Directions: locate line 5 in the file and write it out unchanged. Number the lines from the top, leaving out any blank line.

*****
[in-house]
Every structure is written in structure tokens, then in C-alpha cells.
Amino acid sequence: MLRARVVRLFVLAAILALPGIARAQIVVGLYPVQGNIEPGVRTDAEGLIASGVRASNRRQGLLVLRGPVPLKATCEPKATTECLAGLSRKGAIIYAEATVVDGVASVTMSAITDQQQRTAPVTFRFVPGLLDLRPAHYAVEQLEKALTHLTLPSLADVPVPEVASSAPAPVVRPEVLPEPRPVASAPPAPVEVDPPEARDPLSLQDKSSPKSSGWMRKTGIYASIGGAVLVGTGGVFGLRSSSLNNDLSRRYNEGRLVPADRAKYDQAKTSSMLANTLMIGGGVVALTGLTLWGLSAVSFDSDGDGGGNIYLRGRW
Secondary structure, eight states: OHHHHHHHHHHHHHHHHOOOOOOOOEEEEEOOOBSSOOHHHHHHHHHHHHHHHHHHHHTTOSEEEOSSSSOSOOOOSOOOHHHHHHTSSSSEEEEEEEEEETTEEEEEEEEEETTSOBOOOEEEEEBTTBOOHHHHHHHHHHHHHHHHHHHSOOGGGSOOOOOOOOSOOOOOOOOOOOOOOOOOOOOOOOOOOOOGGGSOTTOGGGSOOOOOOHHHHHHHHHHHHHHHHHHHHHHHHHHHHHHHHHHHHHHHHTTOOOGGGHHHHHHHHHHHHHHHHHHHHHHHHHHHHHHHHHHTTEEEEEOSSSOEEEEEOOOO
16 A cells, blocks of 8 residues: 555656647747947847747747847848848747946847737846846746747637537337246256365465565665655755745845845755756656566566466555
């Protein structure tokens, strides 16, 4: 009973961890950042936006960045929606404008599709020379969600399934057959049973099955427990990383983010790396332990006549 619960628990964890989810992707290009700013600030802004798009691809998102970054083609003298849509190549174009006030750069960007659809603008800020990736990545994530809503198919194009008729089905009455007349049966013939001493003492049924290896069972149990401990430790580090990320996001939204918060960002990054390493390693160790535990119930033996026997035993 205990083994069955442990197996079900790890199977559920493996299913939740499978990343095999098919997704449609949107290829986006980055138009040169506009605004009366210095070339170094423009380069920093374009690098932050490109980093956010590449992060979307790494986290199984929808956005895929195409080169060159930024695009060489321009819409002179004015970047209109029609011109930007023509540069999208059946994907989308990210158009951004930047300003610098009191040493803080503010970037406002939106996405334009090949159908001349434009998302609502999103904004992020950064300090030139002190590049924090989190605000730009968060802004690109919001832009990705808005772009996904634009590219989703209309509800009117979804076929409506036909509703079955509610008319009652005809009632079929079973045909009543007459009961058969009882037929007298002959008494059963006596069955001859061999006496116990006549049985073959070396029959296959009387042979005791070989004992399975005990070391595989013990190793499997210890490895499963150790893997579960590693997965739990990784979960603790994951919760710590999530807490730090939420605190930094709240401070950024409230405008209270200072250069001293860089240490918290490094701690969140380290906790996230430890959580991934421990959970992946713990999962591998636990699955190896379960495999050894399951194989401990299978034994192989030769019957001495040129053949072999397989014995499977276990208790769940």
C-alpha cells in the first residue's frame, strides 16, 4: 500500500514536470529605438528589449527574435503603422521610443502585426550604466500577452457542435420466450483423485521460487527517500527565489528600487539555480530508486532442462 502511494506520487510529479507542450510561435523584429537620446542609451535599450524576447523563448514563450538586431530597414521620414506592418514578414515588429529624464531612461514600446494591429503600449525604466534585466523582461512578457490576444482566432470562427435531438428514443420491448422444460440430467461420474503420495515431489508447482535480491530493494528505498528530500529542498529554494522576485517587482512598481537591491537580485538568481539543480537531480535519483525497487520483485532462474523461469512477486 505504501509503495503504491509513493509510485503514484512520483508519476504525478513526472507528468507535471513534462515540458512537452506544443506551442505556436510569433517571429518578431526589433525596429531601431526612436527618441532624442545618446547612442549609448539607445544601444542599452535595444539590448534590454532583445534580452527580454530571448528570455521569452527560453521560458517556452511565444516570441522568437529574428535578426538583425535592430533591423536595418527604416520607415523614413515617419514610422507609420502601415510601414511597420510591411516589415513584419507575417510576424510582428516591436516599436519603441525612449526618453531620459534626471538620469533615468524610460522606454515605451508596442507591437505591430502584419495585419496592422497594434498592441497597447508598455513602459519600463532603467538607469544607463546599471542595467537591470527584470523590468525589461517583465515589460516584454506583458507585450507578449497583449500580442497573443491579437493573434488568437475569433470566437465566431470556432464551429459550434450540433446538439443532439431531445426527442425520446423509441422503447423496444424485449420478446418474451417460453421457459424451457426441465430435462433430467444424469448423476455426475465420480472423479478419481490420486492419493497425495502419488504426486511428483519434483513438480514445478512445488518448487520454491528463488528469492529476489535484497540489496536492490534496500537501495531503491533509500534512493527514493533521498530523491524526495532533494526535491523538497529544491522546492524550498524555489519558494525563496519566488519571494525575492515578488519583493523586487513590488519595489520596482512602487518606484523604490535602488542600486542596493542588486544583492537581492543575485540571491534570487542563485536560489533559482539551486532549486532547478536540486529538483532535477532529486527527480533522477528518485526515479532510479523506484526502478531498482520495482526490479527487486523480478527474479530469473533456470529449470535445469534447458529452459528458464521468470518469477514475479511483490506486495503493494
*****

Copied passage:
16 A cells, blocks of 8 residues: 555656647747947847747747847848848747946847737846846746747637537337246256365465565665655755745845845755756656566566466555